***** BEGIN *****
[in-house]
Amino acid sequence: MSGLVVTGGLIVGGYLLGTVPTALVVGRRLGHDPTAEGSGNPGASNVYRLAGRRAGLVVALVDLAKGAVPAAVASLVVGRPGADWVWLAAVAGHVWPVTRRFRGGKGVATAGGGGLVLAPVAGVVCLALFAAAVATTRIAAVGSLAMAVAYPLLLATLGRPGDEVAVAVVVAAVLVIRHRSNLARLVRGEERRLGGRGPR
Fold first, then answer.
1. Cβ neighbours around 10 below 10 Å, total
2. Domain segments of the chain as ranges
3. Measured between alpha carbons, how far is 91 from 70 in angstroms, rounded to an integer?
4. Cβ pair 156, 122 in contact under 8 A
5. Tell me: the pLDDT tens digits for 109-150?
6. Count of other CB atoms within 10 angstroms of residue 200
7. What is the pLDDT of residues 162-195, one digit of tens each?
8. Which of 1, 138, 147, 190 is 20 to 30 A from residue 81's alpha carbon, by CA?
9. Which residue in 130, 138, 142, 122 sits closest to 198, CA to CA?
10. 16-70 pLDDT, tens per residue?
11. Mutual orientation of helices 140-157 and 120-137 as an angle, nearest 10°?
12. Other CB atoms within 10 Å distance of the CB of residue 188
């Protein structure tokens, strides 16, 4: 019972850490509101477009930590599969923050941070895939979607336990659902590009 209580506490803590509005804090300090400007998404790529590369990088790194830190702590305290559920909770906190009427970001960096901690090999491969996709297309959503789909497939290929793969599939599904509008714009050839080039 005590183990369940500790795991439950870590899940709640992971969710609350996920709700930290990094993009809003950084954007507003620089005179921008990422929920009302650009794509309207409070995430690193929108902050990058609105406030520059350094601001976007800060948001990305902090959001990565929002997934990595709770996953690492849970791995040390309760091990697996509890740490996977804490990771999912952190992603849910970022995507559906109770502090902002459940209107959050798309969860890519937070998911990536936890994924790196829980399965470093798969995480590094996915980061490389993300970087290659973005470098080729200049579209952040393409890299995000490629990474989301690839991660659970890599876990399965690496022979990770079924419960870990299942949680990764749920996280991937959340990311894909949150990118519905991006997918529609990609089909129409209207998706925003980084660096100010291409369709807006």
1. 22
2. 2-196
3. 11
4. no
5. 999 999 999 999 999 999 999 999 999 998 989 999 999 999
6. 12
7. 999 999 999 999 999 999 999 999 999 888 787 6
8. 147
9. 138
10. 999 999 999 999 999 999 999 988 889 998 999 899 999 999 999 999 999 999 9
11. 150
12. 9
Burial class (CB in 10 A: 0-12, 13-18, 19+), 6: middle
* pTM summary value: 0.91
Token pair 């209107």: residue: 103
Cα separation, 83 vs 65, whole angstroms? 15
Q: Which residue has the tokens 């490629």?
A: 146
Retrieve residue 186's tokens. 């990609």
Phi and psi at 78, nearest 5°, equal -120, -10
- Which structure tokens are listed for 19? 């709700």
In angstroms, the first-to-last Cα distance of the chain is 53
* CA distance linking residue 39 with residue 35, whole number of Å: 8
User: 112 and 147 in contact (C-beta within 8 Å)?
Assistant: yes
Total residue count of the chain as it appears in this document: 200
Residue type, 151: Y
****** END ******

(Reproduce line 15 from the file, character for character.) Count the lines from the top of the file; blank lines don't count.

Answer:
12. Other CB atoms within 10 Å distance of the CB of residue 188